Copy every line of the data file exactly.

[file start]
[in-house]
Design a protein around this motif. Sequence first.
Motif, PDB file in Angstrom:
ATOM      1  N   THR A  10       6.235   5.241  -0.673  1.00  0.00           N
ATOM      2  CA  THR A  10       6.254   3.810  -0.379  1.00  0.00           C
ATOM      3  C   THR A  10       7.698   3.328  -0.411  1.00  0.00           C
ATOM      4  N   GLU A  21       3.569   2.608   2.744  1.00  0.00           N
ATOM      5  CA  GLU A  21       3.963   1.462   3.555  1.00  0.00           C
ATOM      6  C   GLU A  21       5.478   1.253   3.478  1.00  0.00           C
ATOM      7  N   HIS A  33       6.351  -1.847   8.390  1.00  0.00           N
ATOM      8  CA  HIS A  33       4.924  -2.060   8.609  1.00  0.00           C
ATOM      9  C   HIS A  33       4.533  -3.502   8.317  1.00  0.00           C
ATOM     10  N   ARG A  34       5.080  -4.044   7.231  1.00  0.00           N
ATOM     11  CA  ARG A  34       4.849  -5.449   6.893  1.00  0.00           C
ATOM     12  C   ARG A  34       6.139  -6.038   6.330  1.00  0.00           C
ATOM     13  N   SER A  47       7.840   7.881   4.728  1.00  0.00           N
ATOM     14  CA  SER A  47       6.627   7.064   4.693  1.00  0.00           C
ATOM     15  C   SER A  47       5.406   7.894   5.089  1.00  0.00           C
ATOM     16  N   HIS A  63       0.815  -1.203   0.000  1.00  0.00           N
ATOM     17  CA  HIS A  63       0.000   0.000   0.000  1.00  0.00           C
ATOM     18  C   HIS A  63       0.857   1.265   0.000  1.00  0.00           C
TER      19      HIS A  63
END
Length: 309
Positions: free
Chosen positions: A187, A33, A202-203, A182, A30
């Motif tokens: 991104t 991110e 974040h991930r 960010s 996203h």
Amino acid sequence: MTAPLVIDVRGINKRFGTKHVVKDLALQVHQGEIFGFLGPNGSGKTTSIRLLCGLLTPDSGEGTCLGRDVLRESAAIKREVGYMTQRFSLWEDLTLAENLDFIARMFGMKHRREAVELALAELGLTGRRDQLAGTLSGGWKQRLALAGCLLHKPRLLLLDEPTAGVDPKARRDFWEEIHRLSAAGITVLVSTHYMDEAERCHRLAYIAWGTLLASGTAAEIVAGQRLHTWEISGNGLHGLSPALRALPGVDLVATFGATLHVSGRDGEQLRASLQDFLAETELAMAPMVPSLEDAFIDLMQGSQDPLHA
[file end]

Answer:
[in-house]
Design a protein around this motif. Sequence first.
Motif, PDB file in Angstrom:
ATOM      1  N   THR A  10       6.235   5.241  -0.673  1.00  0.00           N
ATOM      2  CA  THR A  10       6.254   3.810  -0.379  1.00  0.00           C
ATOM      3  C   THR A  10       7.698   3.328  -0.411  1.00  0.00           C
ATOM      4  N   GLU A  21       3.569   2.608   2.744  1.00  0.00           N
ATOM      5  CA  GLU A  21       3.963   1.462   3.555  1.00  0.00           C
ATOM      6  C   GLU A  21       5.478   1.253   3.478  1.00  0.00           C
ATOM      7  N   HIS A  33       6.351  -1.847   8.390  1.00  0.00           N
ATOM      8  CA  HIS A  33       4.924  -2.060   8.609  1.00  0.00           C
ATOM      9  C   HIS A  33       4.533  -3.502   8.317  1.00  0.00           C
ATOM     10  N   ARG A  34       5.080  -4.044   7.231  1.00  0.00           N
ATOM     11  CA  ARG A  34       4.849  -5.449   6.893  1.00  0.00           C
ATOM     12  C   ARG A  34       6.139  -6.038   6.330  1.00  0.00           C
ATOM     13  N   SER A  47       7.840   7.881   4.728  1.00  0.00           N
ATOM     14  CA  SER A  47       6.627   7.064   4.693  1.00  0.00           C
ATOM     15  C   SER A  47       5.406   7.894   5.089  1.00  0.00           C
ATOM     16  N   HIS A  63       0.815  -1.203   0.000  1.00  0.00           N
ATOM     17  CA  HIS A  63       0.000   0.000   0.000  1.00  0.00           C
ATOM     18  C   HIS A  63       0.857   1.265   0.000  1.00  0.00           C
TER      19      HIS A  63
END
Length: 309
Positions: free
Chosen positions: A187, A33, A202-203, A182, A30
């Motif tokens: 991104t 991110e 974040h991930r 960010s 996203h």
Amino acid sequence: MTAPLVIDVRGINKRFGTKHVVKDLALQVHQGEIFGFLGPNGSGKTTSIRLLCGLLTPDSGEGTCLGRDVLRESAAIKREVGYMTQRFSLWEDLTLAENLDFIARMFGMKHRREAVELALAELGLTGRRDQLAGTLSGGWKQRLALAGCLLHKPRLLLLDEPTAGVDPKARRDFWEEIHRLSAAGITVLVSTHYMDEAERCHRLAYIAWGTLLASGTAAEIVAGQRLHTWEISGNGLHGLSPALRALPGVDLVATFGATLHVSGRDGEQLRASLQDFLAETELAMAPMVPSLEDAFIDLMQGSQDPLHA